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The Press of Atlantic City found that if a gambler with a hot hand at craps had not taken the Tropicana Atlantic City Casino & Resort for more than $8 million last month, June's decline would have been just 2 percent.
After 34 straight months of putrid gaming numbers going back to September 2008, officials in the nation's No. 2 casino market have learned to grab onto any optimistic tidbit of information.
"We got beat up pretty bad in table games," Tropicana CEO Tony Rodino told the newspaper. "I think going forward, June is a positive sign of what's to come."
Gaming revenues aside, there are some encouraging events taking place in Atlantic City.
Last month, Landry's Restaurants returned the name Golden Nugget Atlantic City to the market, removing Trump Marina from the building that cost the company $38 million to purchase in February. Landry's is spending more than $100 million to refurbish and upgrade the 728-room hotel-casino.
Last year, longtime gaming executive Dennis Gomes headed a group that spent $31.5 million to buy the aging Resorts Casino Hotel. A renovation through a line of credit has allowed Gomes' management team to renovate portions of the 942-room hotel-casino in a Roaring '20s theme.
The work seems to have paid off. Through June, Resorts' gaming revenues are up 0.3 percent over the same six months of 2010.
Much of the city's anticipation surrounds the $2.5 billion Revel project, which resumed construction and is targeting a May 2012 opening.
On Thursday, a developer said he was proposing to build an $848 million family entertainment complex on the abandoned Bader Field adjacent to Atlantic City's oceanfront casino area. The site would feature an indoor water park, condominiums, restaurants, a 100,000-square-foot casino, a bingo hall and a monorail to whisk visitors to and from Bader Field.
"The announced capital expenditure investments and new projects are positive signs for Atlantic City and may drive incremental visitation," Union Gaming Group principal Bill Lerner said.
Even with the market's gaming revenues down 7 percent for the first six months of the year, and 9 percent over the past 12 months, there is still hope, even in the wake of expanding competition from casino growth in Pennsylvania and New York.
One of the best investment potentials, according to analysts, is a measure signed into law in January by Gov. Chris Christie that allows Atlantic City to add two casinos with less than 500 hotel rooms.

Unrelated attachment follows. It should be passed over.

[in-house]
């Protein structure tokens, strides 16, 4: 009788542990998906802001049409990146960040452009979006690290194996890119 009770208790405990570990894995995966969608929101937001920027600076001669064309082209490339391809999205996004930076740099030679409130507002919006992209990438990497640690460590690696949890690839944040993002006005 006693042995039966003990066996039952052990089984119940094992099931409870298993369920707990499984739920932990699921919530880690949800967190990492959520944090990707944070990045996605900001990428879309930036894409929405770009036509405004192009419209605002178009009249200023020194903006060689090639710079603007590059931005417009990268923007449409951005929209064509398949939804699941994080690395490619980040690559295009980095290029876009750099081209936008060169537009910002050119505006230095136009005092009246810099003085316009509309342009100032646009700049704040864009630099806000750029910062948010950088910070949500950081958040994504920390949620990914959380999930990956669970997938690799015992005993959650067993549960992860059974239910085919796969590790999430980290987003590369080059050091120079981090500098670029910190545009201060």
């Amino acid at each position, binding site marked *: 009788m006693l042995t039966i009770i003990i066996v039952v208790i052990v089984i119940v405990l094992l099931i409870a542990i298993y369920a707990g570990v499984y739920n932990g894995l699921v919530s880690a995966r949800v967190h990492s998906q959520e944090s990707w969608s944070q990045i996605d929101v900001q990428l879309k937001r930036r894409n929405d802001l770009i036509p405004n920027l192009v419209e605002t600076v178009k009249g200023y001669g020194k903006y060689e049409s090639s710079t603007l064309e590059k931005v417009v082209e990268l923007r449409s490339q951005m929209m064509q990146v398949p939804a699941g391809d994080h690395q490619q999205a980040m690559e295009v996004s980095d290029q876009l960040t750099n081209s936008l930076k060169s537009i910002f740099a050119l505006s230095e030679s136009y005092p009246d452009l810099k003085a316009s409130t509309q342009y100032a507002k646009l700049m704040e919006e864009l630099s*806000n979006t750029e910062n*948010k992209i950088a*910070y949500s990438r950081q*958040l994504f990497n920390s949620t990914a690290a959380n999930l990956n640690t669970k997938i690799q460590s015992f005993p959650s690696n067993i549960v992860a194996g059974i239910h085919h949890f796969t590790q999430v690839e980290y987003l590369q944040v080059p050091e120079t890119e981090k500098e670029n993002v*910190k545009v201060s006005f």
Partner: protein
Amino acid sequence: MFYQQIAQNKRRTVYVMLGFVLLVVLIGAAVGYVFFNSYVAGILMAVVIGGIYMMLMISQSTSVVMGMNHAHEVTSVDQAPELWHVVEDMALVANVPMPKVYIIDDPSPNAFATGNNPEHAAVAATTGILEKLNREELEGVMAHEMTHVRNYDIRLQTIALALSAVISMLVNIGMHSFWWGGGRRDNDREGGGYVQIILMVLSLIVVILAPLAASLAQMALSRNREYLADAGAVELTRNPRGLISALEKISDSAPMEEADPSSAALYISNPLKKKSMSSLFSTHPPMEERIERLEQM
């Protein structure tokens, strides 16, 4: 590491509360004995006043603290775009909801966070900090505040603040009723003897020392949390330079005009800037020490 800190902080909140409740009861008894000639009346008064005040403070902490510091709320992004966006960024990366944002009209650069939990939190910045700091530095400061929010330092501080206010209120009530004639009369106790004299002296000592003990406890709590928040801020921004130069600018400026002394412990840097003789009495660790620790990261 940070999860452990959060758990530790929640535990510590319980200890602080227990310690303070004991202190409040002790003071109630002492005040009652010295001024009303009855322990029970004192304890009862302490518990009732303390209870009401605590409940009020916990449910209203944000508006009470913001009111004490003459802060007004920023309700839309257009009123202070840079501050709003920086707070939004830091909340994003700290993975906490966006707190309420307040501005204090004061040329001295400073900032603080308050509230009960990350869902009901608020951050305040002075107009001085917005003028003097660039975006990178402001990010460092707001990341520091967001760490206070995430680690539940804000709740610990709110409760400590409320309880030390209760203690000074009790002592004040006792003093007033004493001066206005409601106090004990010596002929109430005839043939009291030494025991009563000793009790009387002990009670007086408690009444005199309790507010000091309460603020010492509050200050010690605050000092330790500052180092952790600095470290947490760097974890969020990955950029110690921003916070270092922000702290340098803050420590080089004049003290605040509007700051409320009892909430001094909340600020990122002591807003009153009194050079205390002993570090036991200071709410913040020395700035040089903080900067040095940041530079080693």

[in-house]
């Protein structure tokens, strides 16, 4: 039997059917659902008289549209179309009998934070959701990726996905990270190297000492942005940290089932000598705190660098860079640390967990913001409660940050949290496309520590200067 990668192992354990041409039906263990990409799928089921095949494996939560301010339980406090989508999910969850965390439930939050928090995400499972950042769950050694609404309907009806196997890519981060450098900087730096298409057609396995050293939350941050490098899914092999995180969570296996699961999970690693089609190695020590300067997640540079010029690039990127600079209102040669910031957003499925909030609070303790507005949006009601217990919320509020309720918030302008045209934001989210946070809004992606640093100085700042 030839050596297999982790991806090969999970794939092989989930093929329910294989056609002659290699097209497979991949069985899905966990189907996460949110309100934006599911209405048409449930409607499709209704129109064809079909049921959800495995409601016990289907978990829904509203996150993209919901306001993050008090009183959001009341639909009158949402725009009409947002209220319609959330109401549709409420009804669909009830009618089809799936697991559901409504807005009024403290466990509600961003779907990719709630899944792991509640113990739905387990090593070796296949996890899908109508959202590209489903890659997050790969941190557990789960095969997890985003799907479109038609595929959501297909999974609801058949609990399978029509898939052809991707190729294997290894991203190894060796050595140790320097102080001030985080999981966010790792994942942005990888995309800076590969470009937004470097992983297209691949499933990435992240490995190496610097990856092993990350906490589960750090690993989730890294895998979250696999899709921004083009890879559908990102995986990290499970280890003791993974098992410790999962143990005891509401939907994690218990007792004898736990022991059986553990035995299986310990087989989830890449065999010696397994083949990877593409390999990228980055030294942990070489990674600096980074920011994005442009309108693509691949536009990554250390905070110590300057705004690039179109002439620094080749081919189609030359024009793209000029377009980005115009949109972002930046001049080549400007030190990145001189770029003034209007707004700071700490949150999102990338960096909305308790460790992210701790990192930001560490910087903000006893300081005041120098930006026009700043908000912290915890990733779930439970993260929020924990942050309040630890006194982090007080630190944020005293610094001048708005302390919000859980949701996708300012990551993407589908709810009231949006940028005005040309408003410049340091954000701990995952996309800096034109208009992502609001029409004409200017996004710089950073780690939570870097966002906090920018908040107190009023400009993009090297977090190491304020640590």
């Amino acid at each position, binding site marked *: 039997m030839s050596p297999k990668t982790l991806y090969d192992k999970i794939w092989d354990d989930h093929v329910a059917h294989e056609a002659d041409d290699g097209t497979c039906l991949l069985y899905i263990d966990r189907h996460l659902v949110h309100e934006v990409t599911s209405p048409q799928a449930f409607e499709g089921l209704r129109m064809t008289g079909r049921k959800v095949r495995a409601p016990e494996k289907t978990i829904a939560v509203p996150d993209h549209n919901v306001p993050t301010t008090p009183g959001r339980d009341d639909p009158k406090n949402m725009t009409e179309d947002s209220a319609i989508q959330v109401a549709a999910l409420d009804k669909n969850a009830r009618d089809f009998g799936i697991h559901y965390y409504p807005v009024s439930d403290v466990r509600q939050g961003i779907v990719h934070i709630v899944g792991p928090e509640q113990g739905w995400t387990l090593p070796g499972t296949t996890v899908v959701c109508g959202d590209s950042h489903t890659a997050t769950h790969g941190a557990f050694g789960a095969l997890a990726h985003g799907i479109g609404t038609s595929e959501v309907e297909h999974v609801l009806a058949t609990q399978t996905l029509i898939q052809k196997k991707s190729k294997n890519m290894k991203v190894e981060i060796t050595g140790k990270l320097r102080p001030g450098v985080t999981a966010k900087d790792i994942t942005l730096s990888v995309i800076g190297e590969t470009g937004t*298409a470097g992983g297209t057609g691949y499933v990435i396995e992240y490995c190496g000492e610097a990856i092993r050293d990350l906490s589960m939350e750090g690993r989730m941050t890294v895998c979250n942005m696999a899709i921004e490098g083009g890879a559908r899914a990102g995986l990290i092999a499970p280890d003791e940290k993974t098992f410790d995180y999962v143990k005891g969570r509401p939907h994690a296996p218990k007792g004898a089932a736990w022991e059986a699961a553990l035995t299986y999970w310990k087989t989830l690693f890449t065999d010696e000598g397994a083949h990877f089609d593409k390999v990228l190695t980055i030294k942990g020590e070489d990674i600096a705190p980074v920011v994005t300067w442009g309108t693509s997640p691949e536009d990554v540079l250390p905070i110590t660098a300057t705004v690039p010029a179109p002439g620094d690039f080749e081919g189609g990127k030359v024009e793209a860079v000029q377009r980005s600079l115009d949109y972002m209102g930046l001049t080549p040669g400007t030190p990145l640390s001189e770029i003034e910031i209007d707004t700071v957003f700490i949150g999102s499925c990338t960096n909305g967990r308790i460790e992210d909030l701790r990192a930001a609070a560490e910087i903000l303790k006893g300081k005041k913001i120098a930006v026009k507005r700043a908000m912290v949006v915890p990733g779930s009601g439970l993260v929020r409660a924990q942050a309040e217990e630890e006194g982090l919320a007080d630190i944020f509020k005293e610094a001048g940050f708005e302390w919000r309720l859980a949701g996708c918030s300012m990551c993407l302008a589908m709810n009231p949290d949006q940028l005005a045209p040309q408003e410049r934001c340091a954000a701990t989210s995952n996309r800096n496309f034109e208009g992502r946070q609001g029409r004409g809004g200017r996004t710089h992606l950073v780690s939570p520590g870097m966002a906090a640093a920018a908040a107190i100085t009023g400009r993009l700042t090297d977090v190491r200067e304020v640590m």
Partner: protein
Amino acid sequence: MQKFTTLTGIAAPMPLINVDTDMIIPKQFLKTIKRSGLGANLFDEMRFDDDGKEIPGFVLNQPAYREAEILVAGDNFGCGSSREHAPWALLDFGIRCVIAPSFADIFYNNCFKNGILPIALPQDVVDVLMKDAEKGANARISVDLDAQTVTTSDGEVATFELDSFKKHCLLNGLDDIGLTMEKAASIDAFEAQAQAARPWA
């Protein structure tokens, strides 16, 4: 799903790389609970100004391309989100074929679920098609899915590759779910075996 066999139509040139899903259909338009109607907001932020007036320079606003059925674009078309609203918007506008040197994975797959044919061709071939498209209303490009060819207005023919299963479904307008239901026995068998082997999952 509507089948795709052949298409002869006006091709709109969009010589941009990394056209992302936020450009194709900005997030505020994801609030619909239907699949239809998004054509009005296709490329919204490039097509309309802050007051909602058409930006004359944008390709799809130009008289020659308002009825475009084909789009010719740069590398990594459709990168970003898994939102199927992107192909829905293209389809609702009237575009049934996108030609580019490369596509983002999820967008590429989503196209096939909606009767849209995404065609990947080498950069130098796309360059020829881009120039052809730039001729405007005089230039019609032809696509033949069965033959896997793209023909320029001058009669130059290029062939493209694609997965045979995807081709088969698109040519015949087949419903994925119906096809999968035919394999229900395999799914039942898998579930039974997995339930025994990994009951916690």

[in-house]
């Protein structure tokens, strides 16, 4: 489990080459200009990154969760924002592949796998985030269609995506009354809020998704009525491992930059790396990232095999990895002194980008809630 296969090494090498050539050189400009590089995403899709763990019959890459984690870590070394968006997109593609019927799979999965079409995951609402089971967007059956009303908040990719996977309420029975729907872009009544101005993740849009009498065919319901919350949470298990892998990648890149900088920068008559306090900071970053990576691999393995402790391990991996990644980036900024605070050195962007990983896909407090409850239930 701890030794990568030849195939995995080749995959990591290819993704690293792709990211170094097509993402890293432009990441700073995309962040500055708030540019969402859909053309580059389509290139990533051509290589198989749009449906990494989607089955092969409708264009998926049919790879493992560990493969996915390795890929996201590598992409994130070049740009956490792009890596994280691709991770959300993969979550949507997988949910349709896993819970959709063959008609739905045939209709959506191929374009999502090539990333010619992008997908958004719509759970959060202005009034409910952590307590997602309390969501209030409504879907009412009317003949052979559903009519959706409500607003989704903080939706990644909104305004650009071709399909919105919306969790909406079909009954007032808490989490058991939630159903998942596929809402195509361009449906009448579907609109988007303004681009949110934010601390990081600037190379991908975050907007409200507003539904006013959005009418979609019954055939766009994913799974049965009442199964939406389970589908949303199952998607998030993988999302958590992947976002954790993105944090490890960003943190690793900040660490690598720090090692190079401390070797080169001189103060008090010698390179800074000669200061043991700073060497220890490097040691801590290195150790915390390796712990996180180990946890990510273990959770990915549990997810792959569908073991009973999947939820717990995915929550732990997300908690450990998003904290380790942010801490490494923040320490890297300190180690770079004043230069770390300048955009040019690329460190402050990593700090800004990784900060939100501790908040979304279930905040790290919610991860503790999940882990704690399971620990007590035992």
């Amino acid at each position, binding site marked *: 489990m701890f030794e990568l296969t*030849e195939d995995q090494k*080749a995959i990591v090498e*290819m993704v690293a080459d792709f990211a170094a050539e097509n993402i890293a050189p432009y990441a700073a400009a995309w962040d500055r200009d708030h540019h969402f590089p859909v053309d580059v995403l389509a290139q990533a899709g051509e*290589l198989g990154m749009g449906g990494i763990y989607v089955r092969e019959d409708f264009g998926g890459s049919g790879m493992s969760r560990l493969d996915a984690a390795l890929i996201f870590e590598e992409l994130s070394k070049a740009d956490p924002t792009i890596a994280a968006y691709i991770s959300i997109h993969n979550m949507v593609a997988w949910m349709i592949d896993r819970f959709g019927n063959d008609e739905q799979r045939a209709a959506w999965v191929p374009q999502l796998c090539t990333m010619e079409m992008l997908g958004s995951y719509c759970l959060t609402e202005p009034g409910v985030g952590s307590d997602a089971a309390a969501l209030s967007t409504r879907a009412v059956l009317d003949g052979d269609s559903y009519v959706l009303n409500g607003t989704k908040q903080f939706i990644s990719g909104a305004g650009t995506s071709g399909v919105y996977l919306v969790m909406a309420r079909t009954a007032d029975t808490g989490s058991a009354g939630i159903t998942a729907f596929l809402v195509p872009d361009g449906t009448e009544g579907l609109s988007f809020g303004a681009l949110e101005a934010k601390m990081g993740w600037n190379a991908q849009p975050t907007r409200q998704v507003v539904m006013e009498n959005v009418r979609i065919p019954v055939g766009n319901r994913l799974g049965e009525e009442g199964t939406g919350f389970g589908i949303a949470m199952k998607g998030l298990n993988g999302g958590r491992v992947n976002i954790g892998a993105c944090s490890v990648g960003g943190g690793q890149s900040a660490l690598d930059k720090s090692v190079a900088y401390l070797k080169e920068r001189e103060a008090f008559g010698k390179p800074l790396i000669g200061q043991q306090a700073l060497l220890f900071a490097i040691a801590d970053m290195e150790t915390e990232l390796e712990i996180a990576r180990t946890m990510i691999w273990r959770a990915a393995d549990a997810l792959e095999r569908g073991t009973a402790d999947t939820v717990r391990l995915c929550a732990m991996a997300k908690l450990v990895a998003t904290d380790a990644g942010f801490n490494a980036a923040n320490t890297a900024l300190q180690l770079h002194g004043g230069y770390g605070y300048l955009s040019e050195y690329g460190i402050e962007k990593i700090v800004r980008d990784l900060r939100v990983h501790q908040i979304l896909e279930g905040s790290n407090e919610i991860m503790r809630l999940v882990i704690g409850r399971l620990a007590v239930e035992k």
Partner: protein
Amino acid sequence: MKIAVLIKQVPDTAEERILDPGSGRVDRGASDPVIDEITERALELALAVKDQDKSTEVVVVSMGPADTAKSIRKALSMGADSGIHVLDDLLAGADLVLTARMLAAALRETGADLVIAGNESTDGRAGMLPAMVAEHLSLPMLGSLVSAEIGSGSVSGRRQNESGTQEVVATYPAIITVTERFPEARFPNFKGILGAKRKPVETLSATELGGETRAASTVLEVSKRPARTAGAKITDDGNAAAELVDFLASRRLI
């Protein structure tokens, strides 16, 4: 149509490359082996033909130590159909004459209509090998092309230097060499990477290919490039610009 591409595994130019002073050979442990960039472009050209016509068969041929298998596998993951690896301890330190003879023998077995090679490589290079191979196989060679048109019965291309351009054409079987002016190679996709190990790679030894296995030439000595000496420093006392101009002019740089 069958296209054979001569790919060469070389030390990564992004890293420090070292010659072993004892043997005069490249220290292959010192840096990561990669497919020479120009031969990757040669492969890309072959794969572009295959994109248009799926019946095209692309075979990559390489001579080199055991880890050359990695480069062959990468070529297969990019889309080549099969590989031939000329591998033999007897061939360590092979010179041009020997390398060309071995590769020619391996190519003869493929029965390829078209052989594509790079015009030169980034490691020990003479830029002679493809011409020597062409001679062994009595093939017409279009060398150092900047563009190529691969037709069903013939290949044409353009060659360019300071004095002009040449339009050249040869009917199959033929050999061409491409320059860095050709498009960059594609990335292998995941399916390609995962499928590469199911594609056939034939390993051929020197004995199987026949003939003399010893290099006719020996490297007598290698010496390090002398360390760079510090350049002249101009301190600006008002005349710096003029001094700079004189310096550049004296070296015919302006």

Last week, Pinnacle Entertainment jumped into the mix.
The Las Vegas-based regional casino operator filed a letter of interest with New Jersey gaming regulators for one of the boutique casino licenses.
"We simply filed the letter of interest to keep our options open and meet the deadline," Pinnacle spokeswoman Kerry Andersen told The Philadelphia Inquirer.
Pinnacle is expected to reveal more of its plans for Atlantic City by an Aug. 19 deadline. Lerner believes the company is easily one of the front-runners for the boutique licenses. Two local groups are interested in the licenses, including a company offering to place a Hard Rock Casino on the Boardwalk's southern end.
Pinnacle has access to available cash, a strong balance sheet and enough land for several projects.
In 2006, Pinnacle spent $270 million to acquire the aging Sands Casino and an adjacent land parcel. The Sands was closed and imploded in 2007 and the company announced plans for a $1.5 billion to $2 billion Boardwalk resort.
The economy, however, tanked and Atlantic City gaming revenues began their nosedive. Pinnacle canceled the project in late 2008. The company had only a few nibbles from real estate speculators for the 19-acre site since it went on the market 20 months ago. The boutique concept allows Pinnacle to make use of the site and gives the company, which has signature casinos in St. Louis, Louisiana and Indiana, new hope on the Boardwalk.
"Pinnacle's relatively new management team still has ample roadway to increase operating efficiencies and profitability, allocate capital prudently, and focus on core businesses and assets," JP Morgan gaming analyst Joe Greff told investors last week.
Several analysts thought it would take time for the boutique hotels to gain regulatory approvals and get built. But their emergence could spell doom for some older and weaker Atlantic City resorts.
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